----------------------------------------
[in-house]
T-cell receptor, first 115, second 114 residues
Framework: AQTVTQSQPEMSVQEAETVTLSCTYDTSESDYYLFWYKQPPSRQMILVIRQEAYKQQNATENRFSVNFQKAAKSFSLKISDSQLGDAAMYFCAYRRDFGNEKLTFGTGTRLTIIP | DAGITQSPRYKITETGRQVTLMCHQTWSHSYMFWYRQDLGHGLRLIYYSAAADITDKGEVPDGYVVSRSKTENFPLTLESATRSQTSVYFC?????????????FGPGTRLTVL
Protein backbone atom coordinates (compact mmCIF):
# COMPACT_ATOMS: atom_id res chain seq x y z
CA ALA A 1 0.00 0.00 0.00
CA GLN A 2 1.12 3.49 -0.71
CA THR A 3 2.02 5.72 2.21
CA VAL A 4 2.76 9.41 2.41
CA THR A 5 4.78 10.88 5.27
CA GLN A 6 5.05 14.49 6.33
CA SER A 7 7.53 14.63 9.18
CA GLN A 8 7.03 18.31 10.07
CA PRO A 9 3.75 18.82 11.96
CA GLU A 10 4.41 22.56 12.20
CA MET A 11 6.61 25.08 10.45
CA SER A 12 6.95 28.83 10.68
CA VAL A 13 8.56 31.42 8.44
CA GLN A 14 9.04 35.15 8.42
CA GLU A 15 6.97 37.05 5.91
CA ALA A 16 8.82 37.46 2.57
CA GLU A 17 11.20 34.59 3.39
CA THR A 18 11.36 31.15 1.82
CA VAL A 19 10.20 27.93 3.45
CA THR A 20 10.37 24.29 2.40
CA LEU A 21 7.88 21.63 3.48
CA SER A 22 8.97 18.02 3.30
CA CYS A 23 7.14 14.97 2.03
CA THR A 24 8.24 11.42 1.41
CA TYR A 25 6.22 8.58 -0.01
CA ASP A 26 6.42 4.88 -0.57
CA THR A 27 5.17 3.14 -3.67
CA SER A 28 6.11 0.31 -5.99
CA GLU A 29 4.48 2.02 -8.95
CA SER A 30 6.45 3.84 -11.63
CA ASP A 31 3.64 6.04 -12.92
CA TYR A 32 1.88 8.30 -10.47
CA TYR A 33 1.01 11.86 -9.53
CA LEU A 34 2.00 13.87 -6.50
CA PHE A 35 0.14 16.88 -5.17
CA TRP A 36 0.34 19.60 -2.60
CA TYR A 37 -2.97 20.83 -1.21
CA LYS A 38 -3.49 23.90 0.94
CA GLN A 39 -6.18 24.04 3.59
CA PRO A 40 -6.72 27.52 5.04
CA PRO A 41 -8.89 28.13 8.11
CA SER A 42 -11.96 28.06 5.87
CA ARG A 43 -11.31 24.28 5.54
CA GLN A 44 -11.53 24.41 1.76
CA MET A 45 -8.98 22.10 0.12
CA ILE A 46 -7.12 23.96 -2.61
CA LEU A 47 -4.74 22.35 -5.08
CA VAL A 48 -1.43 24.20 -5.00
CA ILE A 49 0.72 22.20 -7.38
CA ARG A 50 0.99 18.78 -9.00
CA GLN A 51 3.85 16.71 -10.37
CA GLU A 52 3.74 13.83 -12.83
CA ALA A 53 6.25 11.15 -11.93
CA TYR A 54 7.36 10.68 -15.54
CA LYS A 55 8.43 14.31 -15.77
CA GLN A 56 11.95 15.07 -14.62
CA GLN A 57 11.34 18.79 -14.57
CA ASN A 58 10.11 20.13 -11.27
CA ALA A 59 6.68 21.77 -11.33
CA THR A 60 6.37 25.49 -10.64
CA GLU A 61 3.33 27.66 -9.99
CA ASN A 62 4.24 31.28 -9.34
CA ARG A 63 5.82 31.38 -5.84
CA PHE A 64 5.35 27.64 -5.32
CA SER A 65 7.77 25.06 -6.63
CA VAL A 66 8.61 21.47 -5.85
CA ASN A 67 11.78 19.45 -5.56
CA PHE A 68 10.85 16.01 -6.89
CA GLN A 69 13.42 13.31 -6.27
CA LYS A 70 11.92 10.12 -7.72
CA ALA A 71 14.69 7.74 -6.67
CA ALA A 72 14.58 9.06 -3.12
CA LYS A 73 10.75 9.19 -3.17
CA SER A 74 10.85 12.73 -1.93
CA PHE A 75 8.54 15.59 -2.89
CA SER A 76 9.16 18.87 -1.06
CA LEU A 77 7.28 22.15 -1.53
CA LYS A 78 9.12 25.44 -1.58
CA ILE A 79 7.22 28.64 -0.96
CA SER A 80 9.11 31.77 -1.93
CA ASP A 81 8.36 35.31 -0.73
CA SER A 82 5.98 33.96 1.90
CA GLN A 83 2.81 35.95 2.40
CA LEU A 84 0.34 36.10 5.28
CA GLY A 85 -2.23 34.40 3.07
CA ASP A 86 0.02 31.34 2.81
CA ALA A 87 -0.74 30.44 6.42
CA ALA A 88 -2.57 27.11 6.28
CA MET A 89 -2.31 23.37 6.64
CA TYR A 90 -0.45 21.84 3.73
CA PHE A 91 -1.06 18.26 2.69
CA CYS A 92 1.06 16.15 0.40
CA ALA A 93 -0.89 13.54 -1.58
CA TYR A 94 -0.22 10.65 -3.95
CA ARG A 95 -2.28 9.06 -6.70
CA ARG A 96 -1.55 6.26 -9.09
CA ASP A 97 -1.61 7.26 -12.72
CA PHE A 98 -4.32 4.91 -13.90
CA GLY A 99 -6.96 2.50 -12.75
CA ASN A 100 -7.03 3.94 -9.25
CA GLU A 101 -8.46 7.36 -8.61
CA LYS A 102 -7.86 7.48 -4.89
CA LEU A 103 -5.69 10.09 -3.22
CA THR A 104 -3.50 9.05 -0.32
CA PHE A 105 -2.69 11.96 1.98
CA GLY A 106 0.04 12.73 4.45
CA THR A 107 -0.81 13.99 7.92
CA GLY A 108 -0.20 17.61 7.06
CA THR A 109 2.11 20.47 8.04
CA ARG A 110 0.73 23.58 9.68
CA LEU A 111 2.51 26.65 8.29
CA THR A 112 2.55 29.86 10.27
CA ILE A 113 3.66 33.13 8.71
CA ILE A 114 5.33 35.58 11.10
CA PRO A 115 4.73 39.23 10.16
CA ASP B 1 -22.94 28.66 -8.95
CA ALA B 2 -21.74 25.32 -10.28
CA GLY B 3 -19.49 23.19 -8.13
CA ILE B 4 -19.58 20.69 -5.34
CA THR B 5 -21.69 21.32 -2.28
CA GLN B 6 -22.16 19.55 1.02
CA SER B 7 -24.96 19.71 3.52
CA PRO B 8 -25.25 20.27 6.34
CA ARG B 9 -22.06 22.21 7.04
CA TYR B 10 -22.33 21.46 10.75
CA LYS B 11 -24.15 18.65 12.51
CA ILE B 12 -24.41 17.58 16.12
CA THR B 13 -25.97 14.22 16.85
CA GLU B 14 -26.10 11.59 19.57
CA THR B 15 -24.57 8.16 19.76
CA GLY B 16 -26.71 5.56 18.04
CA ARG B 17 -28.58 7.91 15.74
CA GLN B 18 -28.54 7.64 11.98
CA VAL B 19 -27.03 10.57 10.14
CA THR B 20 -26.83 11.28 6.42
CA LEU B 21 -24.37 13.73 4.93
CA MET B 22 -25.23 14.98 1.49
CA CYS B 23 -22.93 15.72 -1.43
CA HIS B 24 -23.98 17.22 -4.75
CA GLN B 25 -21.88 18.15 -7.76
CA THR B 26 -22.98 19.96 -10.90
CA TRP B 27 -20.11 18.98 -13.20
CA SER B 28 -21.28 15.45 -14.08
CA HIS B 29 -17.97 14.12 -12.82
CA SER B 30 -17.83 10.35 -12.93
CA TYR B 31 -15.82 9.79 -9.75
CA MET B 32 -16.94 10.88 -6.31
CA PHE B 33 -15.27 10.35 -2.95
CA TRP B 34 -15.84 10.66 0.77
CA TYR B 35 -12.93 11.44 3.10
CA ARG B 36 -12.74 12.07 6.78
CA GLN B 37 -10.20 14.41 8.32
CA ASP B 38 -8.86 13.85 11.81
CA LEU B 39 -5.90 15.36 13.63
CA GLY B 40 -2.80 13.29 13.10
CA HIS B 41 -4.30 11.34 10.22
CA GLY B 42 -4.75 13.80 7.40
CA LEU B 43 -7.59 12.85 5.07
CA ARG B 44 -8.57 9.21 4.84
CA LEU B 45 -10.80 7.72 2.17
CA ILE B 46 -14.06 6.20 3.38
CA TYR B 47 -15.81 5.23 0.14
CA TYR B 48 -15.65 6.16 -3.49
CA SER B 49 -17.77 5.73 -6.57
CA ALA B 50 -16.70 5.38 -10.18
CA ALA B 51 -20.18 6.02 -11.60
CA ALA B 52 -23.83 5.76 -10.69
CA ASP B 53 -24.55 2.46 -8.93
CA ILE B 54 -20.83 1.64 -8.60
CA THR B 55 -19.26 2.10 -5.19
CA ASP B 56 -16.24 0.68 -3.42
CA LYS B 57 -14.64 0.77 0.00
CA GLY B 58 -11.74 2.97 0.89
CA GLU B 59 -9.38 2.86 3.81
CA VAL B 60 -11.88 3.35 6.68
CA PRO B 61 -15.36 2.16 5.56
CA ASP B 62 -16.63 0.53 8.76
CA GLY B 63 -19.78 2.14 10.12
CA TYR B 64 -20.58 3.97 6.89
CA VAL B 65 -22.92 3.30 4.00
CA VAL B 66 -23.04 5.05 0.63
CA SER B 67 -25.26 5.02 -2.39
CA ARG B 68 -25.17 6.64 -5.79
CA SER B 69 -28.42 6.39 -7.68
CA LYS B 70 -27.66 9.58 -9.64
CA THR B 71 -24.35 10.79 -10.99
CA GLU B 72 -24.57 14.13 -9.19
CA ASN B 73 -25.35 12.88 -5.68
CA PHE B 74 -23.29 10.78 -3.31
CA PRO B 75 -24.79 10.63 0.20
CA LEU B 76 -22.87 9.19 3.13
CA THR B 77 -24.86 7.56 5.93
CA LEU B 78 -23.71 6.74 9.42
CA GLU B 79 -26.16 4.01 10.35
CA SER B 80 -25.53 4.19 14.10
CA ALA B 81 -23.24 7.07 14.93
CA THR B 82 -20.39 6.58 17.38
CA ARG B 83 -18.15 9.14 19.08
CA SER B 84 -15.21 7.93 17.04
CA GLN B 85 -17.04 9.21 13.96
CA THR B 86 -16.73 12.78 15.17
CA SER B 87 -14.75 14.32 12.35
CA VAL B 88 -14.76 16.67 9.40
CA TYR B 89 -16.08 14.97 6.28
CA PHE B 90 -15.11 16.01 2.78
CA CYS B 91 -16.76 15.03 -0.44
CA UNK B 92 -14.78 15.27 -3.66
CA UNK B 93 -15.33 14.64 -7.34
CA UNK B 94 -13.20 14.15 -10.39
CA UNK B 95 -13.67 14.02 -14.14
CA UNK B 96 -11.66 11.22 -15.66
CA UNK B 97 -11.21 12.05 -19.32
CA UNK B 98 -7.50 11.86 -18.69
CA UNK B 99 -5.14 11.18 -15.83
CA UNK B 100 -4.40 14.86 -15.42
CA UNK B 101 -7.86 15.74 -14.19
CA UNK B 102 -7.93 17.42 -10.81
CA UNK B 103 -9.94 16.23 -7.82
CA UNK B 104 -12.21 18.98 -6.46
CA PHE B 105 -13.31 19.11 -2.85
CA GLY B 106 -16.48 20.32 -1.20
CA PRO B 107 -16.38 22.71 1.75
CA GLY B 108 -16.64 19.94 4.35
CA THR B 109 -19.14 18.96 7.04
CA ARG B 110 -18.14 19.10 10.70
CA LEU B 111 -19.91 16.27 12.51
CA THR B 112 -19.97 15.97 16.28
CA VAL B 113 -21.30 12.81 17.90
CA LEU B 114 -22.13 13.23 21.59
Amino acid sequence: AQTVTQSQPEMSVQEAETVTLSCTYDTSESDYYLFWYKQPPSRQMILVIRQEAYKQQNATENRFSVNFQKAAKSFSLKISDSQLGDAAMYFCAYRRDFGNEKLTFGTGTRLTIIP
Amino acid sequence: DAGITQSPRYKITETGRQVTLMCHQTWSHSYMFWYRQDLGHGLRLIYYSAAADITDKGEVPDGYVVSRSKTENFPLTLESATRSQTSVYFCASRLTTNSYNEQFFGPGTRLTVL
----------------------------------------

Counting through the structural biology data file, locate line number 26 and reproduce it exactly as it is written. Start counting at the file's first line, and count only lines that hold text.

CA LEU A 21 7.88 21.63 3.48